Genicular nerve blocks target the nerves which supply the knee. This minimally invasive technique can be performed as a day case procedure under local anaesthetic and light sedation. It does not involve injecting any steroid into the knee joint itself. Local anaesthetic and steroid are injected around these three sensory nerves using ultrasound or x-ray guidance. If a good response to these diagnostic injections is achieved, a denervation procedure may be offered. Genicular nerve denervation involves placing special needles alongside these nerves, which can be heated up at their tip to create a gap lesion in the three genicular nerves. This may produce significant longer lasting pain relief. This can be very useful for younger patients with osteoarthritis, who wish to delay having a knee replacement or for older patients with significant other health problems that are not suitable for a knee replacement.
figure – Intra-articular facet joint block
A lumbar medial branch block (MBB) or an intra-articular facet joint injection is a diagnostic procedure used to determine the potential cause of chronic lower back pain related to the lumbar area of the spinal column. It involves injection of a local anaesthetic and steroid either into the joint, or directed to nerves innervating these joints. The nerves exist in pairs on the posterior portion of the spinal column. The only function of these small nerves is to carry pain signals from the area of the facet joint toward the brain. Facet joints are found posteriorly (or behind) and in between the vertebrae. These joints stabilize the spine and allow or limit rotation of the spine.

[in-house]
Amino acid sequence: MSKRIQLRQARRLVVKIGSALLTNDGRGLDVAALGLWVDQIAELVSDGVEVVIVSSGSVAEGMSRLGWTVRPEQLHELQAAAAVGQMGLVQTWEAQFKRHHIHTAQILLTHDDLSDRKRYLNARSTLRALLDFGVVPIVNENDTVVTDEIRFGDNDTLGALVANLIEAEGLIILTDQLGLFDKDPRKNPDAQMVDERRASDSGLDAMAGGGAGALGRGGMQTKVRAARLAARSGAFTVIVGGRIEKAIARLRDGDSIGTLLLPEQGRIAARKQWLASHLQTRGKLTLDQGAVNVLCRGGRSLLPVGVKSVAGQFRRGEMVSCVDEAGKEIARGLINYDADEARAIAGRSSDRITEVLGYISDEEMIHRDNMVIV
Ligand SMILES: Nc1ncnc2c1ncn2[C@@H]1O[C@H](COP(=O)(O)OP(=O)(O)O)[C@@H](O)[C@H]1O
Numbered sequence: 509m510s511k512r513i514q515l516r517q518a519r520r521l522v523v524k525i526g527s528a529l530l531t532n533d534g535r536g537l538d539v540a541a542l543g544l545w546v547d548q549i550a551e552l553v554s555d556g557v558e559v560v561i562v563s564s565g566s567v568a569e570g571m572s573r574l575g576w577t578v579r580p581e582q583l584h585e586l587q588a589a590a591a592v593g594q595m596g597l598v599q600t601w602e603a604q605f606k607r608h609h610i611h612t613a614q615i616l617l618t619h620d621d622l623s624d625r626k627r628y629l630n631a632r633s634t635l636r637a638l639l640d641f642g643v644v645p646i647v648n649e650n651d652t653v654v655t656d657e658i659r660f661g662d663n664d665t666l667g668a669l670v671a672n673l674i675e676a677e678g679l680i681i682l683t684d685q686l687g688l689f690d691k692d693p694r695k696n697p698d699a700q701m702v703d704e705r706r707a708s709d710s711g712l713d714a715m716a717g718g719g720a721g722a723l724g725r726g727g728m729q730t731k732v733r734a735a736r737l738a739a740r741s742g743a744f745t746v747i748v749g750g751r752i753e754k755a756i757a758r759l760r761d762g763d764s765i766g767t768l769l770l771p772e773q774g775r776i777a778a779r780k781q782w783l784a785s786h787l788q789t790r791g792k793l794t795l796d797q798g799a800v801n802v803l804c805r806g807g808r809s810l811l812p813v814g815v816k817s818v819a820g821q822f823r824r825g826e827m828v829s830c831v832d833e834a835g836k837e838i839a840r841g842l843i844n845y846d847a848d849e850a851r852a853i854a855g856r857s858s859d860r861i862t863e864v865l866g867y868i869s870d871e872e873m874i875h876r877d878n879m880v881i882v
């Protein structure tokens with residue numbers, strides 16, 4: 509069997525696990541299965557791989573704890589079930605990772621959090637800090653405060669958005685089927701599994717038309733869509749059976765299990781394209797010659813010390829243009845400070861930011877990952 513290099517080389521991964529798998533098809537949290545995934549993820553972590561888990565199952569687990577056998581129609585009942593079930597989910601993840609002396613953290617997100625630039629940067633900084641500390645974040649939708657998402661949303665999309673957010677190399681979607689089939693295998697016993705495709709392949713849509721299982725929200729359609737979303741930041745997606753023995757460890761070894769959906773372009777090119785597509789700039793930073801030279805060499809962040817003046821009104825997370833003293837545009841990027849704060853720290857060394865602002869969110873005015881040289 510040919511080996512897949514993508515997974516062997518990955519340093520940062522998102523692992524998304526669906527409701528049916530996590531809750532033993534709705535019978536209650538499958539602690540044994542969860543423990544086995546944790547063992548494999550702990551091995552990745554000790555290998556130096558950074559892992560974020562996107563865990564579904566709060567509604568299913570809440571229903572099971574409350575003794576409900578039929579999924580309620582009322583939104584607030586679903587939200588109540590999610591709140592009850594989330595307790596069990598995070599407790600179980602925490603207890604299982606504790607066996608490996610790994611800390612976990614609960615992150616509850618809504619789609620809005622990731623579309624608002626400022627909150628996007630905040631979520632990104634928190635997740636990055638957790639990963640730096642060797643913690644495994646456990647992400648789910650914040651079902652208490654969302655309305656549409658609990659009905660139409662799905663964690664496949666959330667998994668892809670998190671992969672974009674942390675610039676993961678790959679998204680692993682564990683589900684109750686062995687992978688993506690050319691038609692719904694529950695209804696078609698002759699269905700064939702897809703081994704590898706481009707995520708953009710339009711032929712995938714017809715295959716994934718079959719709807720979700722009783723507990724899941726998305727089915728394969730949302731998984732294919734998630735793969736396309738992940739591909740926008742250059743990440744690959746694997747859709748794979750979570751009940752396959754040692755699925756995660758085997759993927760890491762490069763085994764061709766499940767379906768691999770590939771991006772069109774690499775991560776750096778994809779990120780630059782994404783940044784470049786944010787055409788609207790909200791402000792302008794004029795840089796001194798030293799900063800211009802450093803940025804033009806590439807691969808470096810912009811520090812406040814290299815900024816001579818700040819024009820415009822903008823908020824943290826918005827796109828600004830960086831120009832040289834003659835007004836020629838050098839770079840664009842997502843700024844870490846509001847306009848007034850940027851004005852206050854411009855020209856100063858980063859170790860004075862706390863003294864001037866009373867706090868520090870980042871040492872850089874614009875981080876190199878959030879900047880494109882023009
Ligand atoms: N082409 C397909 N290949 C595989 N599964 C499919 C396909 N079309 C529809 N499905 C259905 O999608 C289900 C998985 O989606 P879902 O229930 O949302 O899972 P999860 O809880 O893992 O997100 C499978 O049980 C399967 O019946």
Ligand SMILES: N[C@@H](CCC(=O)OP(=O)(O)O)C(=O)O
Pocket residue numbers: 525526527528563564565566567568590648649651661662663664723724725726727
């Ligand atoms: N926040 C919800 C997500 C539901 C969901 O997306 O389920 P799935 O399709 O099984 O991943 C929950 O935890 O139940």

When a facet joint is irritated, inflamed, or damaged, either by trauma or a degenerative condition like osteoarthritis, it may lead to pain involving the buttocks, abdomen, low back, groin, and legs. If a lumbar medial branch block does not decrease pain levels, the facet joint is most likely not the origin of back pain. If a lumbar medial branch block produces a dramatic decrease in pain levels, the facet joint is most likely the reason for the back pain. Thus, the initial diagnostic block is indicated to help define the primary source of the pain. If positive, then a procedure called a radiofrequency (RF) denervation that heats and lesions the nerve supplying the facet joint, can be performed to extend the pain relief benefits derived from the initial diagnostic procedure.
Citation: Jadon A (2016) Low Back Pain due to Lumbar Facet Joint Arthropathy and its Management. Gen Med (Los Angeles) 4:252. doi: 10.4172/2327-5146.1000252
Conditions such as arthritis of the shoulder joint or disorders of the four rotator cuff muscles and tendons that stabilise the shoulder are common causes for shoulder pain. Treatments for shoulder pain may include physiotherapy, steroid injections into the joint or even surgery. When conservative measures have failed to provide significant benefit a minimally invasive treatment called a suprascapular nerve block may be beneficial. This involves injecting this local anaesthetic and a long acting steroid around the nerve using ultrasound or x-ray to guide the needle accurately to the correct location. This may provide improved analgesia, enabling the patient to perform their physiotherapy and rehabilitation. This treatment option is also suitable for patients who are not suitable or do not wish to proceed with surgery.